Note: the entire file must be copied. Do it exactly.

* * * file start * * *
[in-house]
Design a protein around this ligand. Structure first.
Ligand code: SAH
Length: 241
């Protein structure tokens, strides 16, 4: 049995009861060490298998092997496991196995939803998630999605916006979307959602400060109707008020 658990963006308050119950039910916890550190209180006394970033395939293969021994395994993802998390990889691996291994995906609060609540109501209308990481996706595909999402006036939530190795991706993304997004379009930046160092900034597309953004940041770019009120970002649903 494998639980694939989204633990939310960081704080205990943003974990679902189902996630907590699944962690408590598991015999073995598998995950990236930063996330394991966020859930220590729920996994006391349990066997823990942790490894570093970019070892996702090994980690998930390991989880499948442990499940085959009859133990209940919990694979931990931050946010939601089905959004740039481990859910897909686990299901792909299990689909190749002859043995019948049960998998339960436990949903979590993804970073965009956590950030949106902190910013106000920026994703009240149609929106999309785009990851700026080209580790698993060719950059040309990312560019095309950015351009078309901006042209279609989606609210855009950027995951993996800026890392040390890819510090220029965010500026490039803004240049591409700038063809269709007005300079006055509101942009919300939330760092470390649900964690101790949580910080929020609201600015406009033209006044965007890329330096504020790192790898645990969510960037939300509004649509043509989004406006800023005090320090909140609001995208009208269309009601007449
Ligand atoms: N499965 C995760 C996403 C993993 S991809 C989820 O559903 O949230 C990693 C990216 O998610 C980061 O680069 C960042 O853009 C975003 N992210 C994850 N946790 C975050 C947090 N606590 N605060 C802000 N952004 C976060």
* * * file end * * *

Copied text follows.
[in-house]
Design a protein around this ligand. Structure first.
Ligand code: SAH
Length: 241
């Protein structure tokens, strides 16, 4: 049995009861060490298998092997496991196995939803998630999605916006979307959602400060109707008020 658990963006308050119950039910916890550190209180006394970033395939293969021994395994993802998390990889691996291994995906609060609540109501209308990481996706595909999402006036939530190795991706993304997004379009930046160092900034597309953004940041770019009120970002649903 494998639980694939989204633990939310960081704080205990943003974990679902189902996630907590699944962690408590598991015999073995598998995950990236930063996330394991966020859930220590729920996994006391349990066997823990942790490894570093970019070892996702090994980690998930390991989880499948442990499940085959009859133990209940919990694979931990931050946010939601089905959004740039481990859910897909686990299901792909299990689909190749002859043995019948049960998998339960436990949903979590993804970073965009956590950030949106902190910013106000920026994703009240149609929106999309785009990851700026080209580790698993060719950059040309990312560019095309950015351009078309901006042209279609989606609210855009950027995951993996800026890392040390890819510090220029965010500026490039803004240049591409700038063809269709007005300079006055509101942009919300939330760092470390649900964690101790949580910080929020609201600015406009033209006044965007890329330096504020790192790898645990969510960037939300509004649509043509989004406006800023005090320090909140609001995208009208269309009601007449
Ligand atoms: N499965 C995760 C996403 C993993 S991809 C989820 O559903 O949230 C990693 C990216 O998610 C980061 O680069 C960042 O853009 C975003 N992210 C994850 N946790 C975050 C947090 N606590 N605060 C802000 N952004 C976060």